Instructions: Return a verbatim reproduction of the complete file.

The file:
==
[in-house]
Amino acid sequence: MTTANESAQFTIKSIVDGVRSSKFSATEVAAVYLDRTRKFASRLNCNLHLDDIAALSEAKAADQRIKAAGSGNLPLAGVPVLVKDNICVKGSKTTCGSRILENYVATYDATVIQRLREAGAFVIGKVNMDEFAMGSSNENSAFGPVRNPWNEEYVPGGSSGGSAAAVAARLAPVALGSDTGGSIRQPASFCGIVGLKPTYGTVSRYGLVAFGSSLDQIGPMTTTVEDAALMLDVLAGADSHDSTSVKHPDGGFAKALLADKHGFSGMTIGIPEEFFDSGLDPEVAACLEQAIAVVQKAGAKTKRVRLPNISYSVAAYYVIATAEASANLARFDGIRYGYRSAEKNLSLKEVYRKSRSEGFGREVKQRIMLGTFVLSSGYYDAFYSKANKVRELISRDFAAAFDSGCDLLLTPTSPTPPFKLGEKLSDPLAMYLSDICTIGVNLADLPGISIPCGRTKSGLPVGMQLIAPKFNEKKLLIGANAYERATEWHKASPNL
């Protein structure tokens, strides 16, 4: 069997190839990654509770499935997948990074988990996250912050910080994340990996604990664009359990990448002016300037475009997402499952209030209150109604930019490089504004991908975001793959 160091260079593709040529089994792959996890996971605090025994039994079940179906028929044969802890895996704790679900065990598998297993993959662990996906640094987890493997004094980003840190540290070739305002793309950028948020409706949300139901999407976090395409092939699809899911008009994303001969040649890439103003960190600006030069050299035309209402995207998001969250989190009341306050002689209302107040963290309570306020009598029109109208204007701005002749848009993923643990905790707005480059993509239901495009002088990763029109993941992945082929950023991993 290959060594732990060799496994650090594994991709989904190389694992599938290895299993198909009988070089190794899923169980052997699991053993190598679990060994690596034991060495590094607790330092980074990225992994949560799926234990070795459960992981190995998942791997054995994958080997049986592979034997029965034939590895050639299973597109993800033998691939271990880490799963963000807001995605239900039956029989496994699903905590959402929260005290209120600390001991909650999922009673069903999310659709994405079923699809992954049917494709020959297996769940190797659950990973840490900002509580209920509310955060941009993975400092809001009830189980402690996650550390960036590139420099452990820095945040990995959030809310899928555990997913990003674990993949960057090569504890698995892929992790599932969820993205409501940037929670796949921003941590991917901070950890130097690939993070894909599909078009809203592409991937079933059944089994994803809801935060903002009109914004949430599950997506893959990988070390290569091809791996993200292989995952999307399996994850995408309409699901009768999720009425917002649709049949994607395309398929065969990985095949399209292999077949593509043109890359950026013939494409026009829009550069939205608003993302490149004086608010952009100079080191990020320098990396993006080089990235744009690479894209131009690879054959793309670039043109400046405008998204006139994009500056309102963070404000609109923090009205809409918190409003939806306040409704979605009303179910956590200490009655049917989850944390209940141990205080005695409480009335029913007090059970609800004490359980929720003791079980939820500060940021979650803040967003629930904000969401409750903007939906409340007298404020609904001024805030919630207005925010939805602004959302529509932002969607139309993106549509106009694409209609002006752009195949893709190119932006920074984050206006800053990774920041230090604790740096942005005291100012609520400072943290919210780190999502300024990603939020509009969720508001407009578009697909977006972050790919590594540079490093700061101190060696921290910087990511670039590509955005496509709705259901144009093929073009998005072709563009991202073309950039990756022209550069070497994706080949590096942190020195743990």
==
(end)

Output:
[in-house]
Amino acid sequence: MTTANESAQFTIKSIVDGVRSSKFSATEVAAVYLDRTRKFASRLNCNLHLDDIAALSEAKAADQRIKAAGSGNLPLAGVPVLVKDNICVKGSKTTCGSRILENYVATYDATVIQRLREAGAFVIGKVNMDEFAMGSSNENSAFGPVRNPWNEEYVPGGSSGGSAAAVAARLAPVALGSDTGGSIRQPASFCGIVGLKPTYGTVSRYGLVAFGSSLDQIGPMTTTVEDAALMLDVLAGADSHDSTSVKHPDGGFAKALLADKHGFSGMTIGIPEEFFDSGLDPEVAACLEQAIAVVQKAGAKTKRVRLPNISYSVAAYYVIATAEASANLARFDGIRYGYRSAEKNLSLKEVYRKSRSEGFGREVKQRIMLGTFVLSSGYYDAFYSKANKVRELISRDFAAAFDSGCDLLLTPTSPTPPFKLGEKLSDPLAMYLSDICTIGVNLADLPGISIPCGRTKSGLPVGMQLIAPKFNEKKLLIGANAYERATEWHKASPNL
């Protein structure tokens, strides 16, 4: 069997190839990654509770499935997948990074988990996250912050910080994340990996604990664009359990990448002016300037475009997402499952209030209150109604930019490089504004991908975001793959 160091260079593709040529089994792959996890996971605090025994039994079940179906028929044969802890895996704790679900065990598998297993993959662990996906640094987890493997004094980003840190540290070739305002793309950028948020409706949300139901999407976090395409092939699809899911008009994303001969040649890439103003960190600006030069050299035309209402995207998001969250989190009341306050002689209302107040963290309570306020009598029109109208204007701005002749848009993923643990905790707005480059993509239901495009002088990763029109993941992945082929950023991993 290959060594732990060799496994650090594994991709989904190389694992599938290895299993198909009988070089190794899923169980052997699991053993190598679990060994690596034991060495590094607790330092980074990225992994949560799926234990070795459960992981190995998942791997054995994958080997049986592979034997029965034939590895050639299973597109993800033998691939271990880490799963963000807001995605239900039956029989496994699903905590959402929260005290209120600390001991909650999922009673069903999310659709994405079923699809992954049917494709020959297996769940190797659950990973840490900002509580209920509310955060941009993975400092809001009830189980402690996650550390960036590139420099452990820095945040990995959030809310899928555990997913990003674990993949960057090569504890698995892929992790599932969820993205409501940037929670796949921003941590991917901070950890130097690939993070894909599909078009809203592409991937079933059944089994994803809801935060903002009109914004949430599950997506893959990988070390290569091809791996993200292989995952999307399996994850995408309409699901009768999720009425917002649709049949994607395309398929065969990985095949399209292999077949593509043109890359950026013939494409026009829009550069939205608003993302490149004086608010952009100079080191990020320098990396993006080089990235744009690479894209131009690879054959793309670039043109400046405008998204006139994009500056309102963070404000609109923090009205809409918190409003939806306040409704979605009303179910956590200490009655049917989850944390209940141990205080005695409480009335029913007090059970609800004490359980929720003791079980939820500060940021979650803040967003629930904000969401409750903007939906409340007298404020609904001024805030919630207005925010939805602004959302529509932002969607139309993106549509106009694409209609002006752009195949893709190119932006920074984050206006800053990774920041230090604790740096942005005291100012609520400072943290919210780190999502300024990603939020509009969720508001407009578009697909977006972050790919590594540079490093700061101190060696921290910087990511670039590509955005496509709705259901144009093929073009998005072709563009991202073309950039990756022209550069070497994706080949590096942190020195743990």